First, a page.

The New York Times sues Microsoft and OpenAI for using its articles to train AI

Le New York Times poursuit Microsoft et OpenAI pour avoir utilisé ses articles pour entraîner l'IA

The large language models (LLM) developed by Microsoft and OpenAI have led to these two companies being sued. The New York Times has filed a lawsuit claiming that the artificial intelligence models developed by Microsoft Copilot and ChatGPT are guilty of copyright infringement.

Filed today, the complaint claims that Microsoft and OpenAI used “millions” of his articles without authorization to train their LLMs. The publication also claims that chatbots from Microsoft and OpenAI “directly compete with Times content.”

Additionally, the lawsuit mentions that ChatGPT and Copilot “may generate results that recite the Times' content verbatim, summarize it in detail, and reproduce its expressive style.”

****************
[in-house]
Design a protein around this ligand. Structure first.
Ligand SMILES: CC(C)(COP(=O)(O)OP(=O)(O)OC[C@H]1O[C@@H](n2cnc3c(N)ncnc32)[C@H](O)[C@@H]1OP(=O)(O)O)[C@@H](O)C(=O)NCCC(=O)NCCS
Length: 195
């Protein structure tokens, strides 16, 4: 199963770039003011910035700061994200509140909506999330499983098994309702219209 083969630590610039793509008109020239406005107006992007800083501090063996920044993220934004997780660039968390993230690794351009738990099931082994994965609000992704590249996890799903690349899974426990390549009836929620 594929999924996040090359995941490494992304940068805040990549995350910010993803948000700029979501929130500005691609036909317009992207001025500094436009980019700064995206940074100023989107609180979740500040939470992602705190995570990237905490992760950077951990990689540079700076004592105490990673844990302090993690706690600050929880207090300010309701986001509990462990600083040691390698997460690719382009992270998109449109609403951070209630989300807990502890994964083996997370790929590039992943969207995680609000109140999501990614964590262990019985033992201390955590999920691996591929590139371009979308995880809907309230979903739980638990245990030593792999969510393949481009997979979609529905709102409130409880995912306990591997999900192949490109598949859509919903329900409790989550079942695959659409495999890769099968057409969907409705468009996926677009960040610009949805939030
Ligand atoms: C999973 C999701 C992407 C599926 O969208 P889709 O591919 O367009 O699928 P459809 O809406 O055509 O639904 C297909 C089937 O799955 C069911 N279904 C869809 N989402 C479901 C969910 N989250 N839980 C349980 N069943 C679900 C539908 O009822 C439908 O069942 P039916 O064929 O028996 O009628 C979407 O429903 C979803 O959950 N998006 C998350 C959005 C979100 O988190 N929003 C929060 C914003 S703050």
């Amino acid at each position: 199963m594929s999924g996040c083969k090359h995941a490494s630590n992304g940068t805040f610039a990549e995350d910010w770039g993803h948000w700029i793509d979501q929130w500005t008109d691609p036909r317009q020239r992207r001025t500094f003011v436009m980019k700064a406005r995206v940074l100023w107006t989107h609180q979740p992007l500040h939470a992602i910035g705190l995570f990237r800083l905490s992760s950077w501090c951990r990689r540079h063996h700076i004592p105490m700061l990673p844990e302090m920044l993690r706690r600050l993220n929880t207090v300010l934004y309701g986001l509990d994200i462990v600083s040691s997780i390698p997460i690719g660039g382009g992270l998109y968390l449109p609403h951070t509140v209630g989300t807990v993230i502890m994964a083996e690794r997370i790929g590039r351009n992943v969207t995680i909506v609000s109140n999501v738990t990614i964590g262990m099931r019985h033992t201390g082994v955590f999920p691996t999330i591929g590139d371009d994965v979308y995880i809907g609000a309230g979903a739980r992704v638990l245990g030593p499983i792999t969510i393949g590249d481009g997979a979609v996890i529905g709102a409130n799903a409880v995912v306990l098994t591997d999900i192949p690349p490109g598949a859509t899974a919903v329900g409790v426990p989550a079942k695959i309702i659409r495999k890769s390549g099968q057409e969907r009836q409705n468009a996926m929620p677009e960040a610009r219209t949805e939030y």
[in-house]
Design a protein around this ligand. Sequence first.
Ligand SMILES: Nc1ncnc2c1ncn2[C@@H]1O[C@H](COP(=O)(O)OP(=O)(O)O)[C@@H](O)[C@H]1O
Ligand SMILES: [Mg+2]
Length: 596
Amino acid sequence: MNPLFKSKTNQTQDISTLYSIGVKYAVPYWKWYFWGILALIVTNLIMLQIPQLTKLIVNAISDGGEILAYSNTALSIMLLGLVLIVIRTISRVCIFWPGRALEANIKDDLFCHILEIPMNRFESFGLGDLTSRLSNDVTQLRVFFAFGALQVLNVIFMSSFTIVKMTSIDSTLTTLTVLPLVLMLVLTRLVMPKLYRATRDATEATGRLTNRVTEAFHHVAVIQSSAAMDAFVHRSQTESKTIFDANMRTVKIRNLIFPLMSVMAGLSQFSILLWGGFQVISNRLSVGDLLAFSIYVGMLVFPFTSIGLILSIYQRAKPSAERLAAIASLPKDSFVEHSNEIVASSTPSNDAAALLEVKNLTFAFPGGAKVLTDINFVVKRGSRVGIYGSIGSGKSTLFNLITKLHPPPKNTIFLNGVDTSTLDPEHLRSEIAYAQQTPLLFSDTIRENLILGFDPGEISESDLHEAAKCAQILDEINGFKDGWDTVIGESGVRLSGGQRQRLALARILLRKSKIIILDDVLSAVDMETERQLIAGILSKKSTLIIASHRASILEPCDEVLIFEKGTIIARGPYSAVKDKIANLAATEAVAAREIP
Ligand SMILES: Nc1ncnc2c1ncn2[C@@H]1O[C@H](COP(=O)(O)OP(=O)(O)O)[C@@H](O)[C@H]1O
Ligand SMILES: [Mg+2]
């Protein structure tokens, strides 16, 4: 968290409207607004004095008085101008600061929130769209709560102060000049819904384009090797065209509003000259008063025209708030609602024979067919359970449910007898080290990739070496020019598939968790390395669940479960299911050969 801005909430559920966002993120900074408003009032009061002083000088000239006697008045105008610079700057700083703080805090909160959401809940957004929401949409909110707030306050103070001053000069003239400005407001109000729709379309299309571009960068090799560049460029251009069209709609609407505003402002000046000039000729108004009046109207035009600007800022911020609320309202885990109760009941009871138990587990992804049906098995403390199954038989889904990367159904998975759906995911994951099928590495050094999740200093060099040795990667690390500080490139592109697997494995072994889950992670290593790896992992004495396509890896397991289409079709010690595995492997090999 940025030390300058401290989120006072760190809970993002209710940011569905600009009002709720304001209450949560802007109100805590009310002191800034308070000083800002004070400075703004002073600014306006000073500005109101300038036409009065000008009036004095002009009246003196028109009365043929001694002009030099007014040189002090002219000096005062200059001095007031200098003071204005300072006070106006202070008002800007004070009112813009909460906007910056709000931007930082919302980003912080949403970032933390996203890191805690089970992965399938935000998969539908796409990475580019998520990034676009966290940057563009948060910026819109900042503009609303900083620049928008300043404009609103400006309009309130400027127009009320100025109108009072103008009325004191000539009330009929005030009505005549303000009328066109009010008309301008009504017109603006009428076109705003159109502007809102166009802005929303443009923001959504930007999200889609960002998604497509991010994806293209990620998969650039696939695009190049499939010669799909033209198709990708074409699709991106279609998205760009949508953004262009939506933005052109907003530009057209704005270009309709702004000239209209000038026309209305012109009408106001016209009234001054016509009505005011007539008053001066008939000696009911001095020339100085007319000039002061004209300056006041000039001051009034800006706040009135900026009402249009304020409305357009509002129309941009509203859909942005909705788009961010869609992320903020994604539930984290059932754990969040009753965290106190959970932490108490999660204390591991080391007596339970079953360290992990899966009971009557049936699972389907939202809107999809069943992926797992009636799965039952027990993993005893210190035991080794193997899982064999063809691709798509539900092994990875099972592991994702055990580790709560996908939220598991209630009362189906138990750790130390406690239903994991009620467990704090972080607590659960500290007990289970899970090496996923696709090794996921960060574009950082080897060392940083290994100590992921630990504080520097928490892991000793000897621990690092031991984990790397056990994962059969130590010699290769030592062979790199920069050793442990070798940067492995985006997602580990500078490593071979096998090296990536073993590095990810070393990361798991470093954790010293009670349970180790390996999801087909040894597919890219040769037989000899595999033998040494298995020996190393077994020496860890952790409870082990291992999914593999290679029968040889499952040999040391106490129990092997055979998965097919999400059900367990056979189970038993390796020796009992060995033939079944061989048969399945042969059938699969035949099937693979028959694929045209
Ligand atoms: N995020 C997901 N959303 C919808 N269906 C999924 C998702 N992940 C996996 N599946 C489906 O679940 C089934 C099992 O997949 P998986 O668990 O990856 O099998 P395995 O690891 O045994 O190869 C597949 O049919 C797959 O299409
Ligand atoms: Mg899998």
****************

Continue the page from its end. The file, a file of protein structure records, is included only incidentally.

She adds that this practice has been “extremely lucrative” for Microsoft and OpenAI, increasing Microsoft's market capitalization by “$1 trillion” and OpenAI's valuation by “$90 billion.”

While this may have been lucrative for tech companies, the Times says these chatbots “threaten high-quality journalism” by affecting media outlets' ability to monetize their content. “Defendants seek to profit from the Times’ enormous investment in its journalism,” the lawsuit reads.

The publication claims it attempted to negotiate a deal with both parties “to ensure it received fair value for the use of its content,” but the negotiations failed. Now, the Times is apparently seeking billions of dollars in legal and actual damages due to alleged copying of its work by Microsoft and OpenAI.